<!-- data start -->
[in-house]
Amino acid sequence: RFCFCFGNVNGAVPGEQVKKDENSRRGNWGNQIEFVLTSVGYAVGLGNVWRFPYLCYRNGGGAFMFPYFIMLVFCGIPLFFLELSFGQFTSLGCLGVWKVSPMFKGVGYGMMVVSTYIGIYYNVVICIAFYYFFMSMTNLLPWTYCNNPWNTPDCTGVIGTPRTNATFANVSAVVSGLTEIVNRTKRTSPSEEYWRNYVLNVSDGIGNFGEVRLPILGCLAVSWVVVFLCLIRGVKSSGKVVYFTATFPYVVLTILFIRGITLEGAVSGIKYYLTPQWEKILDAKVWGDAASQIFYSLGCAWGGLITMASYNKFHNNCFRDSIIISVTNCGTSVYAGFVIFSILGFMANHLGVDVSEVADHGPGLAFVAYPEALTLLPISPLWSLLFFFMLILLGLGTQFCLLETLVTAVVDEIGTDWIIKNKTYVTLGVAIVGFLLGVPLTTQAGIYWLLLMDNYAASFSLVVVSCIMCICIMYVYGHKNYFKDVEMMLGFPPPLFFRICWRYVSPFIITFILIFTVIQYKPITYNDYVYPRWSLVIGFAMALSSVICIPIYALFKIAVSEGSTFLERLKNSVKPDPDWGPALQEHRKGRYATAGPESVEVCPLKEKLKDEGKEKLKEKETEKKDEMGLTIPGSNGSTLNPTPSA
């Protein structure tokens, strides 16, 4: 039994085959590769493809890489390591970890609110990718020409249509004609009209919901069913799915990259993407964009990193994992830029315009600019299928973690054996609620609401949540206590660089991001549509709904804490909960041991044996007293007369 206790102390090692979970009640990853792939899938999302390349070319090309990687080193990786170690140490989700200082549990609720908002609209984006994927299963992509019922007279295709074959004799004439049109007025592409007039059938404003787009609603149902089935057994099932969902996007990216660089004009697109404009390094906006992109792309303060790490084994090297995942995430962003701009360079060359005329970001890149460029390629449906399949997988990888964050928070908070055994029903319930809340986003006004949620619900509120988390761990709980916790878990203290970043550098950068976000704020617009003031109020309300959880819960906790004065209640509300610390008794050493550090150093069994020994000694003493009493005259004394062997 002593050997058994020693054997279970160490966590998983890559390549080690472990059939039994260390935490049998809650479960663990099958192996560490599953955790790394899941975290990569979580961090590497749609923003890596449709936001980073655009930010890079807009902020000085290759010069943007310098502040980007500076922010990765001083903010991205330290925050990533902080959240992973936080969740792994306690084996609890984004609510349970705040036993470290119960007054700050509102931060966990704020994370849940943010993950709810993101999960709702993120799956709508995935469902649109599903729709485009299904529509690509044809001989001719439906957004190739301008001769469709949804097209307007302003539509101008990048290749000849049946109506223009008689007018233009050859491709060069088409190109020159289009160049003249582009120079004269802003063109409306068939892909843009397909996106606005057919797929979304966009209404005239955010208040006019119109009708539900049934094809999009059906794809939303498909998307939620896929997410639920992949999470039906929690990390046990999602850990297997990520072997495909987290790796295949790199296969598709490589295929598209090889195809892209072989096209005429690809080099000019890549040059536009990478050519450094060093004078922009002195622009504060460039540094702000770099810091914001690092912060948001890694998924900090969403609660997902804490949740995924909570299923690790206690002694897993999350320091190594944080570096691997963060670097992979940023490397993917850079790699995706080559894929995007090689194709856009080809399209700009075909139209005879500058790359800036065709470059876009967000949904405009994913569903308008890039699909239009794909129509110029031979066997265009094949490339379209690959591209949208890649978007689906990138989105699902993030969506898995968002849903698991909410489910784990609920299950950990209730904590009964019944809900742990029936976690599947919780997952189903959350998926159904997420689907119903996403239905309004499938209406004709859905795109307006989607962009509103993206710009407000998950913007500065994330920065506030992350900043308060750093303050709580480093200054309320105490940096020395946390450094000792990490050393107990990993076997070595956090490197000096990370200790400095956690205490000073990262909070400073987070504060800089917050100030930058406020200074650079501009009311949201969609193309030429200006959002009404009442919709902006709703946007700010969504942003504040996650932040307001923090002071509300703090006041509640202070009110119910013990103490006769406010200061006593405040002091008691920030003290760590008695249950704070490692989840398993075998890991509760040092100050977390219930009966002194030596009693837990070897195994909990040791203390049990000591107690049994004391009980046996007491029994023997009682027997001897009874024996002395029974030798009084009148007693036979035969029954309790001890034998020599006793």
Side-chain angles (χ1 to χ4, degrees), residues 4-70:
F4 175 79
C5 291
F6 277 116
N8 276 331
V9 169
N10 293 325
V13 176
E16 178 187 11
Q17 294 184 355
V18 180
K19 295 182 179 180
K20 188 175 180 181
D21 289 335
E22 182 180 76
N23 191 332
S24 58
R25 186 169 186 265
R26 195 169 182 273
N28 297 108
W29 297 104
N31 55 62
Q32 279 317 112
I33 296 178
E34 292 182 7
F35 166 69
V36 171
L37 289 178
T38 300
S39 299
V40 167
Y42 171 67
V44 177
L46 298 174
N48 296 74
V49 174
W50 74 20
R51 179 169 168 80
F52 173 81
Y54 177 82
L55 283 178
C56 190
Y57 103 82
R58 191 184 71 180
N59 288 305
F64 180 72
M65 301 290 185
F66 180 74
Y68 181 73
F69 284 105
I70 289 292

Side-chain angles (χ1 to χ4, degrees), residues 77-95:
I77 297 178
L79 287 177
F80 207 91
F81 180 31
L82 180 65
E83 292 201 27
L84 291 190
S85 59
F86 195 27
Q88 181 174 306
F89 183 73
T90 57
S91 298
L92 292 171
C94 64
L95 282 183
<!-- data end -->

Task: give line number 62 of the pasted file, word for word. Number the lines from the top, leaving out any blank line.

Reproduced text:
L84 291 190